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On chat shows, James Franco invariably yawns. His naysayers may argue that such a habit is a sly auto-critique, an unconscious response to his own output. Not at all. The lassitude is merely evidence that the man never sleeps. His filmography, as actor, director, writer and producer, stretches into the dozens. He is a prolific painter and fiction writer. He teaches film at UCLA and is a doctoral candidate in literature at Yale.
To that breathtaking résumé he can now add: Broadway performer, in a surprisingly unengaging revival of John Steinbeck’s Of Mice and Men.
As George, an itinerant labourer in the Salinas Valley of central California in the 1930s, Franco looks apt enough. He projects adequately, even if his voice doesn’t quite convey the loneliness of the ranch-hand or the ultimate sadness of the story’s conclusion. More touching is the way Franco’s George fiercely protects the slow-witted Lennie, the gentle giant portrayed here by Chris O’Dowd, whose obsession-laden characterisation recalls that of Dustin Hoffman in Rain Man.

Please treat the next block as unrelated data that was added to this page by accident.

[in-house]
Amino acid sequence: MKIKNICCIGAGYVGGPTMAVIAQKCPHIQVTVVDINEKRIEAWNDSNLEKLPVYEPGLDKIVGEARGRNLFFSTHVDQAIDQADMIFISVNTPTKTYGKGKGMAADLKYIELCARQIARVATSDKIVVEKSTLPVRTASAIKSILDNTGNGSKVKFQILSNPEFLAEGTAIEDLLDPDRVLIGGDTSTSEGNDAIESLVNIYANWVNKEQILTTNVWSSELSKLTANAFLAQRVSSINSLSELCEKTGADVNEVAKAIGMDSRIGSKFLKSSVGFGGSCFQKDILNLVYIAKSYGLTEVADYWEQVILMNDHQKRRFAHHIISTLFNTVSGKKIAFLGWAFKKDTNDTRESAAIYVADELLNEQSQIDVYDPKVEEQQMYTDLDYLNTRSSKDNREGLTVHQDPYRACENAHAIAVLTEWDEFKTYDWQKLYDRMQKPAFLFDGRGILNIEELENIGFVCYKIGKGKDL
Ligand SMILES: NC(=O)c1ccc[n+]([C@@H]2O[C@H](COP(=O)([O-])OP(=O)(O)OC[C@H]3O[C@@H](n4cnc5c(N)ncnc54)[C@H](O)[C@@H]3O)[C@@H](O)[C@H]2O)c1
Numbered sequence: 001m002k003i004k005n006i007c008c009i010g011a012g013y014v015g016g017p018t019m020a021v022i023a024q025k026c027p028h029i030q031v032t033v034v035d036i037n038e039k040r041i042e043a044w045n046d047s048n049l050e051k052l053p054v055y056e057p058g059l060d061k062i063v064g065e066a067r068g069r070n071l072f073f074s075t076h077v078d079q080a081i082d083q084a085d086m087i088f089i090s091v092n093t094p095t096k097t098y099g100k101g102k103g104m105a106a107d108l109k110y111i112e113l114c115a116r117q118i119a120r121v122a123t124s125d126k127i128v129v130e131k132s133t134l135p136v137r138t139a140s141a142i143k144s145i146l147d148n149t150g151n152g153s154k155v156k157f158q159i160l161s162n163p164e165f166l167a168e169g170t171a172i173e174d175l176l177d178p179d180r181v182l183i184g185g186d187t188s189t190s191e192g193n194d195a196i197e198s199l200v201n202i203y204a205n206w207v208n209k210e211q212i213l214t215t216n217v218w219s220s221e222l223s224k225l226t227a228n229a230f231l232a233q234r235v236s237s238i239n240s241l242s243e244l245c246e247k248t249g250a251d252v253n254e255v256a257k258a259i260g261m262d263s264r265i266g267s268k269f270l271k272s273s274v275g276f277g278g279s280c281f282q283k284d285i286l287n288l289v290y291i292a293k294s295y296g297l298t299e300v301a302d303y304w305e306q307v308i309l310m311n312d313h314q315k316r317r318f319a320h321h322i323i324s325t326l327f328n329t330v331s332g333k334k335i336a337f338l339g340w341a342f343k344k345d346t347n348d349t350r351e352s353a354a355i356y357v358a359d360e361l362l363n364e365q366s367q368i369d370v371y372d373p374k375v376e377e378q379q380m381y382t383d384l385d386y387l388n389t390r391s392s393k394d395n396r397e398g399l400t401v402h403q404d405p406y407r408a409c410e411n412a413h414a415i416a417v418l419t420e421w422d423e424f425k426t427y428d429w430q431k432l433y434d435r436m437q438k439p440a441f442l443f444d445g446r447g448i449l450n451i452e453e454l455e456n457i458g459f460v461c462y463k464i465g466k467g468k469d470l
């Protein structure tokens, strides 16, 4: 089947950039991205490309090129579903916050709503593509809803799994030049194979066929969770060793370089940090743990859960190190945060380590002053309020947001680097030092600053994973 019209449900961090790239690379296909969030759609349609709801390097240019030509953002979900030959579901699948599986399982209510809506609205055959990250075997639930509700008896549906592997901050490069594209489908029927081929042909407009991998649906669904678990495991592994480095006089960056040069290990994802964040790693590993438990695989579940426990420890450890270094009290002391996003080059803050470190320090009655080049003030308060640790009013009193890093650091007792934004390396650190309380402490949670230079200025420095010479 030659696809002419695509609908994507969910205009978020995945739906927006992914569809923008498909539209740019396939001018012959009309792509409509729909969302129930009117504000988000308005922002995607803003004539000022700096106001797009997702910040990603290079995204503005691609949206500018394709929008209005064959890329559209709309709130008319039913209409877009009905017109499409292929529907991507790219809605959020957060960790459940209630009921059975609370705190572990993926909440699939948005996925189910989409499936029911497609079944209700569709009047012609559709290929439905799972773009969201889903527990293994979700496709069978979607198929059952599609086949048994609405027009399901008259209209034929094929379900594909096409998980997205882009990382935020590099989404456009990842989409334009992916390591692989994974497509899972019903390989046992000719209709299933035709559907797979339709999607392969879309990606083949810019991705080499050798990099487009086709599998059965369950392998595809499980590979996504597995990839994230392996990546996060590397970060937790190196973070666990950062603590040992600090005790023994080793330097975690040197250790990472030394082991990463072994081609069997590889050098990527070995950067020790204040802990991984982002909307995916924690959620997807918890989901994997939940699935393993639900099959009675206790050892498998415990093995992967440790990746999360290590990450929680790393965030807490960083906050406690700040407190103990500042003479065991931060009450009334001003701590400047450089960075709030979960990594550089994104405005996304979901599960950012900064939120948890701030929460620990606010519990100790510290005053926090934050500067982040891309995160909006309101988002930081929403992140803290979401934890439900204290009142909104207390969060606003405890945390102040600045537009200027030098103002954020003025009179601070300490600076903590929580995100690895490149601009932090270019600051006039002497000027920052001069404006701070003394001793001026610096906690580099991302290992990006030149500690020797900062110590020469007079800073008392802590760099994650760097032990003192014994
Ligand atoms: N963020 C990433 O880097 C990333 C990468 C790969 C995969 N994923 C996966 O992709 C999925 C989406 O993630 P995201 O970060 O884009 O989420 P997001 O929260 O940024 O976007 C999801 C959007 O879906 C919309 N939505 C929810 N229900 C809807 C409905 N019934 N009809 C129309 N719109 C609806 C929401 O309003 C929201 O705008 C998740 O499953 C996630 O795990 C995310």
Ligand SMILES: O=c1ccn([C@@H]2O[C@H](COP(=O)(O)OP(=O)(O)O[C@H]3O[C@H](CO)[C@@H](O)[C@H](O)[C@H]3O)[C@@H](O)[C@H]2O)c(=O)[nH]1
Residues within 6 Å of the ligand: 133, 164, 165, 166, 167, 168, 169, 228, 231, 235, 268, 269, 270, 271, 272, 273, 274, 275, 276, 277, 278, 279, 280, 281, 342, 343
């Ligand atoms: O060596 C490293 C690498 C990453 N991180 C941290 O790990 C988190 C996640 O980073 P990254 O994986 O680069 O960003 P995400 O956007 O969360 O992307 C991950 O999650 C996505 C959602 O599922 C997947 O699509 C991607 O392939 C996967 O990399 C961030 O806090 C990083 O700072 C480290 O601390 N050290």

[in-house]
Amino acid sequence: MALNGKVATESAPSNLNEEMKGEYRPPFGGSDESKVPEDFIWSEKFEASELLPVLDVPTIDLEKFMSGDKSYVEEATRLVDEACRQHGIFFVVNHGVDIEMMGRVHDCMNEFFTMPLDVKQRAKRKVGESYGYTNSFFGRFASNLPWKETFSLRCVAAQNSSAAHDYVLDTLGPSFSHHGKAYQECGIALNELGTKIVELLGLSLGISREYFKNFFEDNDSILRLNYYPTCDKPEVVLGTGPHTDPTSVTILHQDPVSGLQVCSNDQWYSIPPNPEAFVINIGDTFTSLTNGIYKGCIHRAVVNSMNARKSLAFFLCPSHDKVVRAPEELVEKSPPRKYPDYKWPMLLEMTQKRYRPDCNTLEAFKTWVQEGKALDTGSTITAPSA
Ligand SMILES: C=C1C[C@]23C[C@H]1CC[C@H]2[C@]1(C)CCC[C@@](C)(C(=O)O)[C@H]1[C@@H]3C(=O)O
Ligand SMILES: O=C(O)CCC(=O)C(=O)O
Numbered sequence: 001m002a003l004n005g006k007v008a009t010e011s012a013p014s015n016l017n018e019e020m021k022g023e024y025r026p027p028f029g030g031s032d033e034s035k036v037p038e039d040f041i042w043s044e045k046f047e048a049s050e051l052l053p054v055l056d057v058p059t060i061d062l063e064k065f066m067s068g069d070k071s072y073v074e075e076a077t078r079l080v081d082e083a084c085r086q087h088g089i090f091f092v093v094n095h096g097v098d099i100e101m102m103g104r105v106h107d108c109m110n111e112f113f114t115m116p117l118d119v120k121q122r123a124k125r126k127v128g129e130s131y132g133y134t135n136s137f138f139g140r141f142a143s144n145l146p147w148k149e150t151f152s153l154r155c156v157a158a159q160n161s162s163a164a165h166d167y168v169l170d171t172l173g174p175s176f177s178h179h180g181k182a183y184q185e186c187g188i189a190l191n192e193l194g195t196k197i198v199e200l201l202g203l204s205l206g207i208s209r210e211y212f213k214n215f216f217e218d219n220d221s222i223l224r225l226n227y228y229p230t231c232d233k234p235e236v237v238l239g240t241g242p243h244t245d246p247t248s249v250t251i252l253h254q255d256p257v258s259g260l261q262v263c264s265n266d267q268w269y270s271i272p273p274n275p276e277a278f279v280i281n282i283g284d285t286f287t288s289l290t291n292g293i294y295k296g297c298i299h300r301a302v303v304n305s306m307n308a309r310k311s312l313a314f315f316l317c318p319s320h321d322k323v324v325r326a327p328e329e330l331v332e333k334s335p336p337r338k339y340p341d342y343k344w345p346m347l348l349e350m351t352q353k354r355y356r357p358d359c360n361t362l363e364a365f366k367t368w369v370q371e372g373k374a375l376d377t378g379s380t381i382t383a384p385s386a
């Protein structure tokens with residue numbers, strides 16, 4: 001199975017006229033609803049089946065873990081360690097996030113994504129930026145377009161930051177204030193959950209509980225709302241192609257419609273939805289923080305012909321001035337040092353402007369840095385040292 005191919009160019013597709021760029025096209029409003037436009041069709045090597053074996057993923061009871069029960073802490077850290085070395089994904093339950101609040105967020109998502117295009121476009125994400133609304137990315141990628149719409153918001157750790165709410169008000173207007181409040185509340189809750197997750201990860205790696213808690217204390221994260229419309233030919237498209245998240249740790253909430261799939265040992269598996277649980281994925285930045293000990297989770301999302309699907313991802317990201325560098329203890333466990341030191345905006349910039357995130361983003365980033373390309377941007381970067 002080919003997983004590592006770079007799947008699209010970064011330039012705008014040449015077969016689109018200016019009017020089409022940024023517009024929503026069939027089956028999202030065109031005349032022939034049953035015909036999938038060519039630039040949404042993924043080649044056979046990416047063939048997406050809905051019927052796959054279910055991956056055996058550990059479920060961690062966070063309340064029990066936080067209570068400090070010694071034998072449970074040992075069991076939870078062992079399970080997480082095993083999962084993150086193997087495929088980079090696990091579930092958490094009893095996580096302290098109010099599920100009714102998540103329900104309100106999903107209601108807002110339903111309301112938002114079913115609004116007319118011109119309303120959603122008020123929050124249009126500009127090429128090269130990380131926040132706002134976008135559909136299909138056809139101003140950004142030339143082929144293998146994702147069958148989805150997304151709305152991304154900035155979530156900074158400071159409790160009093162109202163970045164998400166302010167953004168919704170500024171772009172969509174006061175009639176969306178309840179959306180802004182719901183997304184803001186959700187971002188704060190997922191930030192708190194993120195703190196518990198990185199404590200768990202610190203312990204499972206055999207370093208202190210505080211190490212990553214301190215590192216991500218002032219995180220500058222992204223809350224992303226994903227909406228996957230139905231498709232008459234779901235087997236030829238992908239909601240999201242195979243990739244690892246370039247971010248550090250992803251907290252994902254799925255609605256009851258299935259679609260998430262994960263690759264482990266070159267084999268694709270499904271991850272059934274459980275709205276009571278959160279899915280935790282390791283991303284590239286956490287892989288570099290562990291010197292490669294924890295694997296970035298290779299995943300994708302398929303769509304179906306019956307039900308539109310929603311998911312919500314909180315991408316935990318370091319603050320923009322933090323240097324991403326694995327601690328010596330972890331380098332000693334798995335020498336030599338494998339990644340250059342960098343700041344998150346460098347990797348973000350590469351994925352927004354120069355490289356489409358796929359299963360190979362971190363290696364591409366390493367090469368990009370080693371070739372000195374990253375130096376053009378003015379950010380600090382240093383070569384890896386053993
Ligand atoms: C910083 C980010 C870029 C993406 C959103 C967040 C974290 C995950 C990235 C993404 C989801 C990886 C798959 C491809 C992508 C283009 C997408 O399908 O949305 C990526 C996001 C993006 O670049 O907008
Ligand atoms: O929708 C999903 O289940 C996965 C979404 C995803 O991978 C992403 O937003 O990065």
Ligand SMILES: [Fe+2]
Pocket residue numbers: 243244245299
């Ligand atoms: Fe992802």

Though both actors are perhaps best loved for comedy – Franco for hilarious turns in Pineapple Express and Spring Breakers, O’Dowd for Bridesmaids and The IT Crowd – each has sufficient skill to convey tough dramatic situations on film. Yet the big moments in this revival – when Lennie’s protectiveness towards living things turns especially deadly, or when George must make an ultimate decision concerning his friend – don’t quite combust.
The let-down is not the fault of the director, Anna D Shapiro, who has staged the proceedings with her customary professionalism and feel for performers. Nor is the physical production, with a rustically detailed, wood-dominated set by Todd Rosenthal, anything less than impressive.
Conveying the intimacy of the men’s bonds is what eludes these talented professionals. I kept wondering how the story would register as a movie, where close-ups could fill in the delicate emotional gaps. On the stage, Of Mice and Men gives off a slightly dated feel. Its signature themes – the loneliness of the migrant worker, the yearning for land of one’s own – have not abated since Steinbeck’s novel was published in 1937 and its Broadway version immediately followed. But the story’s power here feels diminished.
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